billy bob thornton in fargo

Are you ready to spin from last night’s broadcast of the mildly freaky MTV Video Music Awards, and last night’s broadcast of the mildly geeky Creative Arts Emmy Awards, to tonight’s live broadcast of the 66th Prime-Time Emmy Awards? I thought so. The Big Six media megacorporations await your genuflection! (They are: CBS, Comcast/NBC, Disney/ABC, Fox/FX, Viacom, and Time Warner, who own HBO and thus expect you to be extra appreciative tonight.)

I don’t do full previews; you have the major media for that. I’ll just chime in with a few thoughts on a few major things. SPOILERS for these shows: Fargo, Game of Thrones, Orange is the New Black

Predicted winner, Best Mini-Series: Fargo 

I’m only mildly surprised that none of the major TV critics have pointed the following out: why does True Detective qualify as a Drama Series but Fargo qualify as a mini-series? Same amount of episodes. Same self-described “anthology” format which will unveil a Season 2 with different actors and different settings. I really feel HBO has done a bit of category fraud here, or perhaps more accurately, poached away votes from other networks. Not that we should cry for the networks, but I worry a little bit about the Emmys, who in the last few years have found themselves thrust into the surprising position as first arbiter of quality for America’s best popular art (in other words, the best TV is better now than the best movies, music, sites, what-have-you)…more of these True Detective-Fargo category shenanigans, and they’ll turn themselves into the Grammys.

Balancing the tone of Fargo was like successfully making a gin and tonic out of vermouth and snow…in other words, in terms of production design and direction, the series was brilliant, and so were the actors, who deserve any and all awards they receive tonight. The problem was the tale of two halves that was the writing: brilliant, then disappointing. Malvo spent three episodes looking for the money, and after Milos put it back to where he found it, Malvo forgot all about it. That might have been a statement about who Malvo really was, if the show treated Malvo’s previous motivation as anything but forgotten goods. Then Malvo killed 22 people in America’s worst massacre since 1922…but somehow, unlike the way the FBI, police, and media have since responded to all events that were even half as deadly, Malvo escaped strolling down the street, and could confidently stroll through camera-laden casinos in Vegas with little but a new haircut. Again, could have been a statement, but a TV show doesn’t get credit for suggesting that Americans forget about mass violence just by forgetting about mass violence. More importantly, what made the opening episodes terrific was that you were half-rooting for everyone, something like Heat (1995) or the Mike Leigh ensemble style made into a noir. However, as Malvo lost his consistency and Nygaard turned contemptible, we were left without rooting interests outside of Solverson (whose husband became too passive) and Key and Peele (who were more of an awesome Rosencrantz and Guildenstern than plot-critical). Seriously, I haven’t seen this shaky a foundation on a show this highly-praised since The Walking Dead. (Get on a sailboat, find any one of dozens of football-stadium-sized islands in the Bahamas, check carefully for walkers, live happily ever after. Do I have to do everything around here?!)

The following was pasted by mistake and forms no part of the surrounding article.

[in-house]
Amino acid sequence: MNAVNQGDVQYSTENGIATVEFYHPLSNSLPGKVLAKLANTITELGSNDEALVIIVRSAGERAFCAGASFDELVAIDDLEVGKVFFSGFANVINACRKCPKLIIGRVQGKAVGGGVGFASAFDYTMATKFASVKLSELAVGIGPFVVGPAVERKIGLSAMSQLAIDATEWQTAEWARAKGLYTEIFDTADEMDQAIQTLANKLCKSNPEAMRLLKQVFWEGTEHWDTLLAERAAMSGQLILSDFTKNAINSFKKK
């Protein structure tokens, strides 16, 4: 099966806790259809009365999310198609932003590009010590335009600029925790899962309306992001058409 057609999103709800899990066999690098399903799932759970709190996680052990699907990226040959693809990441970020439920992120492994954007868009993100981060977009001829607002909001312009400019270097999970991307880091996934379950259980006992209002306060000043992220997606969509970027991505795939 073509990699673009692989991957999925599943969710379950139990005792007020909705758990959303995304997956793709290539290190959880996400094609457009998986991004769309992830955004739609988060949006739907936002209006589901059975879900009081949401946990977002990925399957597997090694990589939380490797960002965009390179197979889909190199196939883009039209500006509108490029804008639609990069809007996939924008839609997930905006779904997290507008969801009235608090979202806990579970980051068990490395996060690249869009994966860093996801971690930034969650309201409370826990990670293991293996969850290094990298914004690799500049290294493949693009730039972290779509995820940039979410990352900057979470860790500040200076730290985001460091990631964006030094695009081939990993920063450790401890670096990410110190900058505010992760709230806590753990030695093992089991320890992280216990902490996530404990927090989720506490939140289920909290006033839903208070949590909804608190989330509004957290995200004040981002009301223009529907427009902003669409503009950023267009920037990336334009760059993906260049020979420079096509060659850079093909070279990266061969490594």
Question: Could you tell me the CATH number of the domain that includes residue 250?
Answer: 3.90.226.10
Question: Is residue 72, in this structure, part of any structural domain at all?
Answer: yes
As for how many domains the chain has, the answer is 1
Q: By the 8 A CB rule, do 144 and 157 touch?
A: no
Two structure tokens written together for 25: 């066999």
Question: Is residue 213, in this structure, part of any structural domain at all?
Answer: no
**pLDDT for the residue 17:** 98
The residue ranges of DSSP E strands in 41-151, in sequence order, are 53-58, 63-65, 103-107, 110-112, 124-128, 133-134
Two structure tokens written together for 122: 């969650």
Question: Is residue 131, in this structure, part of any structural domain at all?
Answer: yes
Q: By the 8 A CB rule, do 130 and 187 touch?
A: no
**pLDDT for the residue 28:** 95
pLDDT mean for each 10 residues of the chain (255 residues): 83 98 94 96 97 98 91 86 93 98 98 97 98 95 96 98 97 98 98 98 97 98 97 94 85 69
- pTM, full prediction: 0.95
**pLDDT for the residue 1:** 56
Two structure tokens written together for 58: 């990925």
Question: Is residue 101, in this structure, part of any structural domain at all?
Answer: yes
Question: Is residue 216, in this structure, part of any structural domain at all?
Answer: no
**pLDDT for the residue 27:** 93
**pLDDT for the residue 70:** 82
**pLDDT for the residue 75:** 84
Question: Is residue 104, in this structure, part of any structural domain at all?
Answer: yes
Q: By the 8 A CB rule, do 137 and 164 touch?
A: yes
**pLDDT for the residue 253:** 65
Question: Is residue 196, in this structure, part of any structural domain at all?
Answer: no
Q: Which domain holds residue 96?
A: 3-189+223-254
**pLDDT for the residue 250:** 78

Predicted winner, Best Comedy: Orange is the New Black 

Orange is the New Black here feels like a little bit of category fraud – how many one-hour shows have ever been nominated for Best Comedy? doesn’t it just feel weightier? – but who cares, anything to get this thing an award. Modern Family has won this award for the last three years; as a continuing fan of that show, I nonetheless recognize it’s time to spread the awards love. The other most-deserving comedy this year is Veep, but the smart money says that the most nominated actress in Emmy history (!), Julia Louis-Dreyfus, is going to win Best Comedy Actress, and so it’s time to hope Orange is the New Black – and in fact Netflix – doesn’t go home without a big award. (Some people are predicting Robin Wright to win for Best Actress in a Drama, to which I say that’s an award she should have had the previous year – I don’t want to reward House of Cards for reducing so much of the screen time of its first season’s two best female characters. Since Tatiana Maslany is very inexplicably not nominated for Orphan Black – don’t get me started – they should give it to Lizzy Caplan or Kerry Washington.) What a turn of events for Netflix, splitting the difference between Emmy love and Hollywood envy…just as it splits the difference between Silicon Valley and the film industry. They really do seem like HBO circa 1981…but it remains to be seen if the Big Six media groups (above) will let them play like they did HBO, without cutting into their profits. (Hint: they won’t.)